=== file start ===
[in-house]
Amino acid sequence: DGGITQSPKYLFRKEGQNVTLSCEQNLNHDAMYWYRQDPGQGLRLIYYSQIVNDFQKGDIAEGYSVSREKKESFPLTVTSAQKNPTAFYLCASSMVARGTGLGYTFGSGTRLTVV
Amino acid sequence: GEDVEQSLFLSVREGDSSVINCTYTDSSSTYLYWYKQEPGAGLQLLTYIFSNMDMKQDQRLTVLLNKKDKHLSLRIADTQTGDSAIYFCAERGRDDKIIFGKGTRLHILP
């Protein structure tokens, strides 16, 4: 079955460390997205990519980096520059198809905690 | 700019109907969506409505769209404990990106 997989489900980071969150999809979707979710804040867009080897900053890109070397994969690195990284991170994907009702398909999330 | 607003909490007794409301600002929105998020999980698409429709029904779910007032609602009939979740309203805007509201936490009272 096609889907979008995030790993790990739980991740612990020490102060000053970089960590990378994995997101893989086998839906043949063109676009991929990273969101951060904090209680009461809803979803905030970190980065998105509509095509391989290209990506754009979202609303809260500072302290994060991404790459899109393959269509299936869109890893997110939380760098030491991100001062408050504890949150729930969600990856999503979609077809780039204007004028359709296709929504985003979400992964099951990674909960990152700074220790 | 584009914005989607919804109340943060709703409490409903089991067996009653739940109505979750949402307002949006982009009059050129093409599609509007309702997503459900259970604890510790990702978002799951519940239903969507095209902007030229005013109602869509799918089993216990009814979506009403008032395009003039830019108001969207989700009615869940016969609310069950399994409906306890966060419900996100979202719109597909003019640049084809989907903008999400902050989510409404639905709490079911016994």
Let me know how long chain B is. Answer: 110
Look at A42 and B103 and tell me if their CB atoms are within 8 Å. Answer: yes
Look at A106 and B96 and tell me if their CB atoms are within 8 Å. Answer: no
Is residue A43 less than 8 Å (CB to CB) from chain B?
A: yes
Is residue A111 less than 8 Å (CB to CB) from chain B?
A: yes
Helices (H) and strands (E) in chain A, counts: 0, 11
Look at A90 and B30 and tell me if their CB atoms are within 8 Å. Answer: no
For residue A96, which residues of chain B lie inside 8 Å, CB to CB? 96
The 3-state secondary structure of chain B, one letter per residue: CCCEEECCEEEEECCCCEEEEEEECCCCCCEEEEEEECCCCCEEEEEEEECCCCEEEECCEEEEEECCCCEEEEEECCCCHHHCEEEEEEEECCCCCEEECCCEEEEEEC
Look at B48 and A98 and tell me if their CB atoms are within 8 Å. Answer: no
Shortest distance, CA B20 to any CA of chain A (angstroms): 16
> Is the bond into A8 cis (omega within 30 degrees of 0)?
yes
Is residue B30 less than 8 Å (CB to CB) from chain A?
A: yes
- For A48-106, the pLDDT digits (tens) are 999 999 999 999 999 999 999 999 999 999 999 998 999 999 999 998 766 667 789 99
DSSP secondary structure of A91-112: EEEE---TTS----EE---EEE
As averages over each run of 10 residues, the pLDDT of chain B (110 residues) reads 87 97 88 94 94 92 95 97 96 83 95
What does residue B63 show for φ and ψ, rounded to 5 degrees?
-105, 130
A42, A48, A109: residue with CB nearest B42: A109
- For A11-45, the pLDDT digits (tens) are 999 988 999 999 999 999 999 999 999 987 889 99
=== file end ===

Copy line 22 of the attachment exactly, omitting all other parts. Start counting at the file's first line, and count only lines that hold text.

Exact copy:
- For A48-106, the pLDDT digits (tens) are 999 999 999 999 999 999 999 999 999 999 999 998 999 999 999 998 766 667 789 99